What you need to know about trade unions in Luxembourg

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Artyom is a developer from Siberia who moved to Luxembourg with his wife under the Blue-card programme. Artyom joined a trade union not long ago and agreed to share his impressions.

Luxembourg's trade unions are an important structure both politically and socially. Why this is so, what is the strength of trade unions and why they are so valued by workers.

Фото: sol, Unsplash

Фото: sol, Unsplash

Are the trade unions in Luxembourg different from those in the CIS?

I have never lived anywhere but Russia and Luxembourg, so I can only compare these two countries, and the difference is immediately noticeable. In Russia, trade unions are a bit toy-like, pocket-sized. It seems to me that they were already like that in the Soviet Union. 

By design, a trade union is what? It is an association of workers that defends their interests and protects their rights if they are being infringed upon. That is, if there is a conflict with management, it is the trade union that initiates negotiations on its own behalf and defends workers, organises a strike if necessary, and so on.

In CIS, a trade union is a completely useless organisation, to which you pay dues regularly, and maybe they give you a ticket to the drama theatre at the end of the year. Of course, there is no question of protecting your rights.

In Luxembourg it is completely different. Here, these are organisations that have real power and can influence not only employers but also the country's policy as a whole.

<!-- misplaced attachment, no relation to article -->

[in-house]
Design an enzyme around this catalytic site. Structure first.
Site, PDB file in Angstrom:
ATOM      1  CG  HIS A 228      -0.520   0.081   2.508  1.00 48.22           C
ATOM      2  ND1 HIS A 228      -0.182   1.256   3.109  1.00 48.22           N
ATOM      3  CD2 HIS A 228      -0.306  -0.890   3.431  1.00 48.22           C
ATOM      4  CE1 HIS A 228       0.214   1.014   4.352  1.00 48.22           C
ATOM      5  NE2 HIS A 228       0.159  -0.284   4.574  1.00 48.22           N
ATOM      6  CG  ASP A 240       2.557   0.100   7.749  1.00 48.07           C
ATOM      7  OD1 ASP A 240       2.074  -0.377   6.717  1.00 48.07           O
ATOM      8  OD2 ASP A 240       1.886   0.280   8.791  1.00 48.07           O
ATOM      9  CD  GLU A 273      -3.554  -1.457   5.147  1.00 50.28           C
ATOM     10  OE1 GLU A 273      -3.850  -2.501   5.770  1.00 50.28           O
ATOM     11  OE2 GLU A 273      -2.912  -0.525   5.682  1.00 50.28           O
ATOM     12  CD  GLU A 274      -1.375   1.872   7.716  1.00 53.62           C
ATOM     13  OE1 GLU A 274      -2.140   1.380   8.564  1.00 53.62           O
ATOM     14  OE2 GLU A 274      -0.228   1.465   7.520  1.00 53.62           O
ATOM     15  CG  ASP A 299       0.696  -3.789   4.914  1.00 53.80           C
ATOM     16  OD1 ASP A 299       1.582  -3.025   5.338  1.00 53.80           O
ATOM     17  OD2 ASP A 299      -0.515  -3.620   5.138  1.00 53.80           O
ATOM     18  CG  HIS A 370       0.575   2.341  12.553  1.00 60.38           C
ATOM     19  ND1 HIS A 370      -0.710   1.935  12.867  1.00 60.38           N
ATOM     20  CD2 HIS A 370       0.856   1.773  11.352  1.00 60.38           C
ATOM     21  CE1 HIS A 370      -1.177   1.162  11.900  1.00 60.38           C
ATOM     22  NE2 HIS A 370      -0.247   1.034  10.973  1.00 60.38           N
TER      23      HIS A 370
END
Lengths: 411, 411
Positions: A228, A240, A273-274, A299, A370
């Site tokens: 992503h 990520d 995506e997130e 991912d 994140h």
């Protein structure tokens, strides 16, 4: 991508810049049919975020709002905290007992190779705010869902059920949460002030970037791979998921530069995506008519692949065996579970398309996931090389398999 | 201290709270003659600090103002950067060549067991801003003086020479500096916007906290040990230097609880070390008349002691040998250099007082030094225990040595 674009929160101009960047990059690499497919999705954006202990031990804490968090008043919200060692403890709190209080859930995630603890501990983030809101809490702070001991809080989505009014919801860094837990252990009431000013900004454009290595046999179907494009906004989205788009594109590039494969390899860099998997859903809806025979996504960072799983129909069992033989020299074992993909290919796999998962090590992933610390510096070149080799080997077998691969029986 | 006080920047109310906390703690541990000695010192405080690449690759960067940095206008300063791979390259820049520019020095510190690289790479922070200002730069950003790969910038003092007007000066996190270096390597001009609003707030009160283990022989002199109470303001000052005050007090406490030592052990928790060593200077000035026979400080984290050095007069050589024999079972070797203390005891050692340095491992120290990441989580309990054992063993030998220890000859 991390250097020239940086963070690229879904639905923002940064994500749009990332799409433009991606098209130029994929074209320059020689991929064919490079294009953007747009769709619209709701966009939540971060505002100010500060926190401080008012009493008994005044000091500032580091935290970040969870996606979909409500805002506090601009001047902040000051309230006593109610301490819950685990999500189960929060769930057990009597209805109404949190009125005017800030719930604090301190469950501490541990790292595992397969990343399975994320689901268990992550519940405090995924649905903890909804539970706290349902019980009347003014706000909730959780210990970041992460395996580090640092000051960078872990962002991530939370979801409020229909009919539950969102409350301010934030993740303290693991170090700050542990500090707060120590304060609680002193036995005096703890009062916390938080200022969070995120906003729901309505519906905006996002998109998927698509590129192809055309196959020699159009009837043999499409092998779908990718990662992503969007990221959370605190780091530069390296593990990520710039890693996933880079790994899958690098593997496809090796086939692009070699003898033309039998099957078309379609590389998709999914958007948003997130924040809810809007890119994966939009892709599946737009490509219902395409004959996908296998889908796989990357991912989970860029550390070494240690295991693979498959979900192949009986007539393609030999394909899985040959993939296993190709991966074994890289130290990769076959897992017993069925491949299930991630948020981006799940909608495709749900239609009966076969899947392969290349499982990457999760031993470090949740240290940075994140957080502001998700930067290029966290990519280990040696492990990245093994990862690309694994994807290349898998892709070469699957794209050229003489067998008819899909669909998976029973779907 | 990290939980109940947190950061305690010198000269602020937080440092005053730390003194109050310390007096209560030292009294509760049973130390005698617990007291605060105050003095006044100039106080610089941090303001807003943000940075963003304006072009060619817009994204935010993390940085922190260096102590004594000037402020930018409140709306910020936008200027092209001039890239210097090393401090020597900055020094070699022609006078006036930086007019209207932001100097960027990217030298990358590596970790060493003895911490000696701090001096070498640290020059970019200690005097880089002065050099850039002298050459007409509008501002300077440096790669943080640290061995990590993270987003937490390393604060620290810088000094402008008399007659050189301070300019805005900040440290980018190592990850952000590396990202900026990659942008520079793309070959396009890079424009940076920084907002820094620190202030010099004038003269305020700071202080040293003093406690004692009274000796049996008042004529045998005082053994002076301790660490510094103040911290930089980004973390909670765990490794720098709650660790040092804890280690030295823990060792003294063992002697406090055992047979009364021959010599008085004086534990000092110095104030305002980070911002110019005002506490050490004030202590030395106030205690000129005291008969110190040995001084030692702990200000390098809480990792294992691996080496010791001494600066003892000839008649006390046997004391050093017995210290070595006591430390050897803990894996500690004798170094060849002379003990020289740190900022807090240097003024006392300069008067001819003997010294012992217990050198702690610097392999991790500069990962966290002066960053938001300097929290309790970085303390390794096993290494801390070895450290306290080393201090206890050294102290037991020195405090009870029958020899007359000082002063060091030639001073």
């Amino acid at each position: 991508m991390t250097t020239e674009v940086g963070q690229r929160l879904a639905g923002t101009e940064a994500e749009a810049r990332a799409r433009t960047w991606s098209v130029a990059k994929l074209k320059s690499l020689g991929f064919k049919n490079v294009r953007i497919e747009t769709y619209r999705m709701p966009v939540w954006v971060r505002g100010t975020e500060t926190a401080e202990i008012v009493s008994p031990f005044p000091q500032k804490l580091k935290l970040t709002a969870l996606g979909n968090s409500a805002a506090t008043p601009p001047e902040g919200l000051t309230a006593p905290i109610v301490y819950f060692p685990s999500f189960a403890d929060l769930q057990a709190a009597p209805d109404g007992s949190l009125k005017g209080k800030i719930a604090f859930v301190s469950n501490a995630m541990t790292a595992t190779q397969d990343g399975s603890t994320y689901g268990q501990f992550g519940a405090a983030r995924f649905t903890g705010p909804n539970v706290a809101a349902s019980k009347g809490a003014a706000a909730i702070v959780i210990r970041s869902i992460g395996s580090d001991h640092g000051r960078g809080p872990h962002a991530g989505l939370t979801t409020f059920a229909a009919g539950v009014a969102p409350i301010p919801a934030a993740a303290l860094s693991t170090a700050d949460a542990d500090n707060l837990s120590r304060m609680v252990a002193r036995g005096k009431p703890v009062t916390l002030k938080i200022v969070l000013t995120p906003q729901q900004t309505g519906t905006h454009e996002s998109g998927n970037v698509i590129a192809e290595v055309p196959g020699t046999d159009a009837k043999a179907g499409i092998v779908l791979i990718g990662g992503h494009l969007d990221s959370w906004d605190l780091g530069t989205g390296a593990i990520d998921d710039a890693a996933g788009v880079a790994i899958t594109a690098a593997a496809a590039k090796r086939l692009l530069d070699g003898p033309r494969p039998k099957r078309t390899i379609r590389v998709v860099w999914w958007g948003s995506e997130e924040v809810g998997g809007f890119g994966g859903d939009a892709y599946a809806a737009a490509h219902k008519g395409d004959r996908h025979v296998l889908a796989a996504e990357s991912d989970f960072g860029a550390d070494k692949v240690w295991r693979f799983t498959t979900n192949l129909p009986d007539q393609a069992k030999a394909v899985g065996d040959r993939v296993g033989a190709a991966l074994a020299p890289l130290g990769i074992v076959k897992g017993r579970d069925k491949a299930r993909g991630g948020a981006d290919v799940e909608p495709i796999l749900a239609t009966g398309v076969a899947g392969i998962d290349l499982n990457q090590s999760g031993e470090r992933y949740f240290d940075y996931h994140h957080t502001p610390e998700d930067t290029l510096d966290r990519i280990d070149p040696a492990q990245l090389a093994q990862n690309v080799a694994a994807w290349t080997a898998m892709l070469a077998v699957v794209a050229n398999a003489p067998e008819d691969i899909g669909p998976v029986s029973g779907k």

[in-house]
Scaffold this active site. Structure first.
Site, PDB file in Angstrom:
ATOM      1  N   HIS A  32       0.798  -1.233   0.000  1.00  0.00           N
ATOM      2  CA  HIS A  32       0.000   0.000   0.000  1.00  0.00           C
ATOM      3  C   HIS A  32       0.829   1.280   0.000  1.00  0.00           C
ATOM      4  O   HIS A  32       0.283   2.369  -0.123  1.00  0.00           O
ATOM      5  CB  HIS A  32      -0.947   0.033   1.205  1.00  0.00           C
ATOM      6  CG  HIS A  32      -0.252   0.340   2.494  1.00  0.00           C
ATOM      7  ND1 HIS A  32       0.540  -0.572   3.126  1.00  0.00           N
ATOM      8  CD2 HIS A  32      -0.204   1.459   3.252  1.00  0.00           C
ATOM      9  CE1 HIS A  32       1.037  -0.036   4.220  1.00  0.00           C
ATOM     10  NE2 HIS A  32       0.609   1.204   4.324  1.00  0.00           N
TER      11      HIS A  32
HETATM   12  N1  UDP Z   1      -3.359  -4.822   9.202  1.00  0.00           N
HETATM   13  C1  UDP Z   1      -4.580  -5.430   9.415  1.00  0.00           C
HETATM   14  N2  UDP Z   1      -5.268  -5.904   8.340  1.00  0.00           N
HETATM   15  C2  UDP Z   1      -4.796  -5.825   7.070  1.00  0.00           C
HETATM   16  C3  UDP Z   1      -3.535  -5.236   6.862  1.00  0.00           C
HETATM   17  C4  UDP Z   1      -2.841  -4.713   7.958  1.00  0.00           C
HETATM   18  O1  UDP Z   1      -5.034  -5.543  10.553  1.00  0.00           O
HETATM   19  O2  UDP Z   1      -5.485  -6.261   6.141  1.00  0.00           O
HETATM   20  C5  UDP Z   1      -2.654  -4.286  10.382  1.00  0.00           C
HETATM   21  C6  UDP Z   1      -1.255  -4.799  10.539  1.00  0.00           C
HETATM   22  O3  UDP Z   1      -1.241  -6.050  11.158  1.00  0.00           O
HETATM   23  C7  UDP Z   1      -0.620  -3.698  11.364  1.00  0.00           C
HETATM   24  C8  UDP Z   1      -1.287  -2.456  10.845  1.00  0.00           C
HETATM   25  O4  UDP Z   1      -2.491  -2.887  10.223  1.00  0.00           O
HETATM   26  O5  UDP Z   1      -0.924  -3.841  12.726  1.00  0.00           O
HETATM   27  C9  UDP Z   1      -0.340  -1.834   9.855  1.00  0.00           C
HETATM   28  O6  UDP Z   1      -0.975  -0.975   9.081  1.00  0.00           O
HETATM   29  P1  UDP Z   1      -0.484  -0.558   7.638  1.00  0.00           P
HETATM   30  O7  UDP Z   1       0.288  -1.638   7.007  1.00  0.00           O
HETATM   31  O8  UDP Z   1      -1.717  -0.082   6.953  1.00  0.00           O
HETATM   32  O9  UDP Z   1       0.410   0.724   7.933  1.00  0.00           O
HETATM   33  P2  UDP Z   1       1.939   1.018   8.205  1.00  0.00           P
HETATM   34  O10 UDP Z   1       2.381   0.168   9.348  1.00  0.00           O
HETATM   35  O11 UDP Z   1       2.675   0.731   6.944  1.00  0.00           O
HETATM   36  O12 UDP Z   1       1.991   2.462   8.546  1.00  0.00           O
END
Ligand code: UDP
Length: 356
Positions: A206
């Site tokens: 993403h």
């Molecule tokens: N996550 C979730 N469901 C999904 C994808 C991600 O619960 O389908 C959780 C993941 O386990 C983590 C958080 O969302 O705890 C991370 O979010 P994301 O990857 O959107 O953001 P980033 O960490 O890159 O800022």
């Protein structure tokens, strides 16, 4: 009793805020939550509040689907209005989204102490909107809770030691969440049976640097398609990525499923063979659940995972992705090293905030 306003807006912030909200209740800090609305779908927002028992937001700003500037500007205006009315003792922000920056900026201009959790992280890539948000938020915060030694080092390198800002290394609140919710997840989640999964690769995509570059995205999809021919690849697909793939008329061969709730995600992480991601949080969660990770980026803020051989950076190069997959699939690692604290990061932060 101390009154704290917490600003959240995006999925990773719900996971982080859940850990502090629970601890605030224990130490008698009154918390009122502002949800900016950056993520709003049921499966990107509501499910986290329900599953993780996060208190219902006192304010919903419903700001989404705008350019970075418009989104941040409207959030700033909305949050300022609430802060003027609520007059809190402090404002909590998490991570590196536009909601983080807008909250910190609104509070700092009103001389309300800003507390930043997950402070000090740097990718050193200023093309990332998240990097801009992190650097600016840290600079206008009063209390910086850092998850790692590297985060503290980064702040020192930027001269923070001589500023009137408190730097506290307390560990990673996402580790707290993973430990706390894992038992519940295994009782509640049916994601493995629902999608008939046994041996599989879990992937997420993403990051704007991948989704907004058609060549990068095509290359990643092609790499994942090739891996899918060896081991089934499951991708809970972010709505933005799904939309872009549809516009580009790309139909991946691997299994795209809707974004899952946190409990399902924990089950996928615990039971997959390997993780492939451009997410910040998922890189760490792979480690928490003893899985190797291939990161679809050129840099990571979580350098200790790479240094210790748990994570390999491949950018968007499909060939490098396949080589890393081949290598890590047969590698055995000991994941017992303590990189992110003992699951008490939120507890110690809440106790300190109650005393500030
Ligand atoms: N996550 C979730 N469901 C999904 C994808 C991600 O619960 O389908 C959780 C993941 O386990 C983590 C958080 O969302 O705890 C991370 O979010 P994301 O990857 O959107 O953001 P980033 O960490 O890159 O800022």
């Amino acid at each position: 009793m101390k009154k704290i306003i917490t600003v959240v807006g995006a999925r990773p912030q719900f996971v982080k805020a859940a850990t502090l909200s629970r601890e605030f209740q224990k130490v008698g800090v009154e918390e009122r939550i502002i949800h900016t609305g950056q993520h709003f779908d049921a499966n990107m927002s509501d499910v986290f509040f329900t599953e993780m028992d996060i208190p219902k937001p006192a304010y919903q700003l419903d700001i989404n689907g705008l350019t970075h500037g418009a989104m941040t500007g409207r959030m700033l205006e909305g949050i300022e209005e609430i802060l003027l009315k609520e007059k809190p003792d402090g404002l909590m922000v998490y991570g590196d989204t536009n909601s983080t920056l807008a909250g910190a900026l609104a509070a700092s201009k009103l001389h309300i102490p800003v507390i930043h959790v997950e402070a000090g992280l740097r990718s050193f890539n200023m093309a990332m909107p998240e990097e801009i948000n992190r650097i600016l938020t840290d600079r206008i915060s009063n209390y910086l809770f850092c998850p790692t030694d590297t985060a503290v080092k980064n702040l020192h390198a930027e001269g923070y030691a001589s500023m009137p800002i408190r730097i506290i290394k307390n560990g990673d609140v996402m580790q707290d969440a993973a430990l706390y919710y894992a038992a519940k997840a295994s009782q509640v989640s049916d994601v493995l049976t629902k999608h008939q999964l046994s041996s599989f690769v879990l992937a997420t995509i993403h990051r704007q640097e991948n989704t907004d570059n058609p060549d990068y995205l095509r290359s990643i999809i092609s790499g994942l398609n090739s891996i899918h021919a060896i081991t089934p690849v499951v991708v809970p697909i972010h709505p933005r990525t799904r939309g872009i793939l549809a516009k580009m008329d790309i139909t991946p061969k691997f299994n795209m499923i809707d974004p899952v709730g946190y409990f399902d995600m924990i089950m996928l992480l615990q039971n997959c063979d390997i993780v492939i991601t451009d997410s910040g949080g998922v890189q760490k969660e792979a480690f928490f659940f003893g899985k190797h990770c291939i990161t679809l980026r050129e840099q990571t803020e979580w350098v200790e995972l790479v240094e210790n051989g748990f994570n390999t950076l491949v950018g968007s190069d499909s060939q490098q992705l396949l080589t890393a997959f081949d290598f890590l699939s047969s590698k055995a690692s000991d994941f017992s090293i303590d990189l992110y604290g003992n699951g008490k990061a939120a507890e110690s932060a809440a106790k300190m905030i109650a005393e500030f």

Editor's note: The brightest example of such co-operation is the tripartite meetings that regularly take place in the government. Employers and trade unions are invited to these meetings.

Trade unions can be called a real counterbalance in the labour sphere. Company managers should calculate the possible reaction of the trade union when making a decision.

What it means to be a member of a trade union and how to get there

Being a member of a trade union does not mean that you have to participate in any activities. A trade union is a safety net for a working person, first and foremost. I don't know, like car insurance. It's a little rough, but it's similar. You can drive without it, but you're on your own in the event of an accident. It's the same with a trade union: you don't have to join it at all, but if a conflict situation arises, no one will defend your rights.

Let's be honest, not everyone knows the law or has the legal skills to solve their problems on their own. Therefore, in case of a dispute with your employer, you need someone who has a good understanding of the situation and can protect you: from unfair dismissal, from transfer to part-time employment, etc.

Source: Tim Gouw, Unsplash

When choosing where to join, the biggest unions come to mind first. There are two of them: OGBL, LCGB and the name of the last one I forget, unfortunately. These are powerful organisations that have enough weight to influence landmark decisions.

Editor's note: The third union is the CGFP. In fact, these unions have long been federations. They do not defend the interests of any particular group of workers, but operate nationwide.